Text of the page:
Eclipse OpenJ9
Eclipse Incubation

Build your own

Building OpenJDK with OpenJ9 will be familiar to anyone who has already built OpenJDK.
We're going to use a Docker file to create a Docker container where you'll build a binary from source code and run some tests on it. Just follow these steps:

Prepare your system

If you don't already have Docker on your system, download and install it now.

We'll start by building a Dockerfile. Pick one of the following Dockerfiles for the platform you want to work on:

Save the Dockerfile to your current directory and specify these commands to build and run the Docker image:

docker build -t openj9 -f Dockerfile .
docker run -it openj9

Depending on your Docker system configuration, you might need to prefix these commands with sudo.

Now that you have the Docker image running, you are ready to move to the next step.

Get the source

First you need to clone the Extensions for OpenJDK for OpenJ9 project. This repository is a git mirror of OpenJDK without the HotSpot JVM, but with an openj9 branch that contains a few necessary patches. Run the following command:

git clone https://github.com/ibmruntimes/openj9-openjdk-jdk9

Cloning this repository can take a while because OpenJDK is a large project! When the process is complete, change directory into the cloned repository:

cd openj9-openjdk-jdk9

Now fetch additional sources from the Eclipse OpenJ9 project and its clone of Eclipse OMR:

bash ./get_source.sh

Configure

When you have all the source files that you need, run the configure script, which detects how to build in the current build environment. You must specify one extra jar file, which has already been installed into the Docker container.

bash ./configure --with-freemarker-jar=/root/freemarker.jar

Note that you must give an absolute path to freemarker.jar

Build

Now you're ready to build OpenJDK with OpenJ9:

make all

Two Java builds are produced: a full developer kit (jdk) and a runtime environment (jre):

  • build/<platform>/images/jdk
  • build/<platform>/images/jre

where <platform> reflects the Dockerfile you chose.

For example, the Linux 64-bit (x86-64) Dockerfile directory is: linux-x86_64-normal-server-release

Test

For a simple test, try running the java -version command.

cd build/<platform>/images/jre
./bin/java -version

Here is a sample of the output from a Linux x-86 binary:

openjdk version "9-internal"
OpenJDK Runtime Environment (build 9-internal+0-adhoc..openj9-openjdk-jdk9)
Eclipse OpenJ9 VM (build 2.9, JRE 9 Linux amd64-64 Compressed References 20170912_000000 (JIT enabled, AOT enabled)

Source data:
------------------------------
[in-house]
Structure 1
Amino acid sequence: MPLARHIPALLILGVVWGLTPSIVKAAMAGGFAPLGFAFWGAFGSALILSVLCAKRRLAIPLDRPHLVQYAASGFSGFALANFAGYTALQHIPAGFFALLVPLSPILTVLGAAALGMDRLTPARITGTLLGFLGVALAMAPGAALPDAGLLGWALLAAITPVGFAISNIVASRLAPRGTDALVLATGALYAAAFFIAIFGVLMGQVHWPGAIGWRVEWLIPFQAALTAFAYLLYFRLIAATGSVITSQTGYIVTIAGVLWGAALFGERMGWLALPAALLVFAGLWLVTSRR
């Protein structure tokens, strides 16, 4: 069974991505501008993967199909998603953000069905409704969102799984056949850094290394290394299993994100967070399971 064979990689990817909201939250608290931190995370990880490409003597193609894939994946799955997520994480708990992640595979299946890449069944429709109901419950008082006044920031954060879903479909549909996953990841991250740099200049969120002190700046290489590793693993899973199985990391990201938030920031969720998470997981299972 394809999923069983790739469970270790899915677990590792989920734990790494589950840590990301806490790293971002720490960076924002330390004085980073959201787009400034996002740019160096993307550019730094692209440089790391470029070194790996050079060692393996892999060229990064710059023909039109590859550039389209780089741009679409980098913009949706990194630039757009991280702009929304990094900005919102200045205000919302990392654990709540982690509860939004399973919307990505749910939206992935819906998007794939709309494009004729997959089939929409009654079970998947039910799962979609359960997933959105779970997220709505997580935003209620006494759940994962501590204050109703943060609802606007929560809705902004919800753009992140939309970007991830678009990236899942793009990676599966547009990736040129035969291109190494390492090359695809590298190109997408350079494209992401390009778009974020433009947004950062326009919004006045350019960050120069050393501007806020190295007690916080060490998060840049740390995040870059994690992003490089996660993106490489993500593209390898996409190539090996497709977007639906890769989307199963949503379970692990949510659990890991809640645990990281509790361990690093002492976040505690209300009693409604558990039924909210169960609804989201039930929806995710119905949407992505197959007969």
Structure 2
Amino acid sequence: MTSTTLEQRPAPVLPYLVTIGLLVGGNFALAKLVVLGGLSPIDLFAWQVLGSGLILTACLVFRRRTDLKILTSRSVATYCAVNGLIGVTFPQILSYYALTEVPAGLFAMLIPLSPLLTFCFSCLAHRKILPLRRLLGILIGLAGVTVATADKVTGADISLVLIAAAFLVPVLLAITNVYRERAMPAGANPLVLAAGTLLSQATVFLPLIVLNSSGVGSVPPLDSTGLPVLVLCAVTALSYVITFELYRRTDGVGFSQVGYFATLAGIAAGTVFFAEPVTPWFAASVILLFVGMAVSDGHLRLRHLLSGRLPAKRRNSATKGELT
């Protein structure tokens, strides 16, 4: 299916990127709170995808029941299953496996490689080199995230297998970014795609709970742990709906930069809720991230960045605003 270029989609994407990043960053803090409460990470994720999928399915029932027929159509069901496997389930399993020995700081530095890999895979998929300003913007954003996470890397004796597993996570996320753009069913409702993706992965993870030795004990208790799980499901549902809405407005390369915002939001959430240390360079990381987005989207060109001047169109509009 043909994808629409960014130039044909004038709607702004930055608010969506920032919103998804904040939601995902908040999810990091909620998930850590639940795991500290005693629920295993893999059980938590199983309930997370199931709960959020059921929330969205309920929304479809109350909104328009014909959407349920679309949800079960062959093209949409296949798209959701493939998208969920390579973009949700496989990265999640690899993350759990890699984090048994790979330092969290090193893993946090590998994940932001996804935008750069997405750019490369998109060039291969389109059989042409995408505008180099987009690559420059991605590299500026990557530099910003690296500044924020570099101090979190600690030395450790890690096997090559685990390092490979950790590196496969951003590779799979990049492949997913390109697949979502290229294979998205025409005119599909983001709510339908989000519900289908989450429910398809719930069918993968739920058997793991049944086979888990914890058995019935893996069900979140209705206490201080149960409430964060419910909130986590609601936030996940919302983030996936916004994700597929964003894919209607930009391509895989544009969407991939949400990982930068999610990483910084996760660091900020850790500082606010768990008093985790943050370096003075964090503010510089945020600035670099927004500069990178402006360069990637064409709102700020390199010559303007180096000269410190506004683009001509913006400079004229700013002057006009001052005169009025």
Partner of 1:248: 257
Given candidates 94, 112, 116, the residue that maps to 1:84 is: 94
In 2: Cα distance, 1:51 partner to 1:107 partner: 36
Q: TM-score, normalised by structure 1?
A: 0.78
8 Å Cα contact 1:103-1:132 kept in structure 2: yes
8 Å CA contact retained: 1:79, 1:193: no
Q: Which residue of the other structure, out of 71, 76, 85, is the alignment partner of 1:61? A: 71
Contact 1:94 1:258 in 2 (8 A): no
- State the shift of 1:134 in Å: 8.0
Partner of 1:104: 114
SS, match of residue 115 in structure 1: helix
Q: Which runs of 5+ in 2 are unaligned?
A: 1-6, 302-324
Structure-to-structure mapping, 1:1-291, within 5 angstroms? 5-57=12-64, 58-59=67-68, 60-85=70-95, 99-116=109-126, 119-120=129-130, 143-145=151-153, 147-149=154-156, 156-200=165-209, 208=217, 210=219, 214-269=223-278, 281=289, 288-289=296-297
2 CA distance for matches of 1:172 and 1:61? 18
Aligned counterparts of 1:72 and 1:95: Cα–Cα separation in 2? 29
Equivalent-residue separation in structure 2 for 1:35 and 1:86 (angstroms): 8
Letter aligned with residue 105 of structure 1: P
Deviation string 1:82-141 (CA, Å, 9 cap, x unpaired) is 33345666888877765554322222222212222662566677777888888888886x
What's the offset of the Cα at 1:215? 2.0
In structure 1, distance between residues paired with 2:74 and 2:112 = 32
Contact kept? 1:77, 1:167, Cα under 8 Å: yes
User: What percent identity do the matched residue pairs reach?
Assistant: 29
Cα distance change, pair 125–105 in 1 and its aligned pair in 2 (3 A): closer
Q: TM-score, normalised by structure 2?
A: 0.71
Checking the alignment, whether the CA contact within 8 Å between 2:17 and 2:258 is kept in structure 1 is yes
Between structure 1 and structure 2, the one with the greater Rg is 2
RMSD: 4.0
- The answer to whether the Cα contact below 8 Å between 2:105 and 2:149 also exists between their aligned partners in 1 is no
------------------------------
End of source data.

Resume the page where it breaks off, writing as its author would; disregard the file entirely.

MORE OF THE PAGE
J9VM - e6ca543
JIT  - e6ca543
OMR  - a0813c2
OpenJDK  - 8593b2f based on )

There are a large number of test cases that you can run to test your binaries and to support continuous integration. All of these tests are run automatically as part of the Eclipse OpenJ9 build and test pipeline. The tests are triggered by pull requests and by successful OpenJ9 builds. You can see the latest results on this Jenkins instance: https://ci.eclipse.org/openj9/.

You can also download and run some or all of these tests manually on your own machine.

Tests from the OpenJDK and AdoptOpenJDK projects

These tests inspect the Java implementation via the commands and APIs available to the end user. The tests are separated according to their function:

  • Functional verification tests from the OpenJDK project, often referred to as the OpenJDK regression tests, most of which are applicable to Eclipse OpenJ9. Both the AdoptOpenJDK project and the Eclipse OpenJ9 project run these tests. At Eclipse OpenJ9, a curated subset of these regression tests is run. At the AdoptOpenJDK project, the entire suite of tests is run against Eclipse OpenJ9, with the exception of the Hotspot tests. For more information, see https://github.com/AdoptOpenJDK/openjdk-tests/README.md
  • System tests from the AdoptOpenJDK project, which consist of load tests and simple user scenarios, such as debugging and dynamic class replacement. Learn how to obtain and run the tests here: https://github.com/AdoptOpenJDK/openjdk-systemtest/README.md

The hierarchy of make targets is as follows:

  • test: the top-level target
    • sanity: a subset of OpenJDK regression tests, some implementation-general functional and system verification tests
    • extended: the remaining implementation-general system verification tests
    • openjdk: most OpenJDK regression tests, excludes Hotspot tests
    • external: third-party application tests
    • perf: open source benchmarks

Tests from the Eclipse OpenJ9 project

These tests also inspect the Java implementation via the commands and APIs available to the end user.

  • Functional verification tests that target the Eclipse OpenJ9 virtual machine, garbage collector, just-in-time compiler, and class libraries. Learn how to obtain and run the tests here: https://github.com/eclipse/openj9/test/README.md.
  • System tests that logically extend the AdoptOpenJDK tests, which are run as a prerequisite. The tests target unique Eclipse OpenJ9 features such as shared classes and extensions to the Java class libraries. Learn how to obtain and run the tests here: https://github.com/eclipse/openj9-systemtest/README.md.

The hierarchy of make targets is as follows:

  • test: the top-level target
    • sanity: most functional verification tests, some OpenJ9-specific system verification tests
    • extended: long-running functional verification tests and the remaining system verification tests
    • openjdk: a subset of OpenJDK regression tests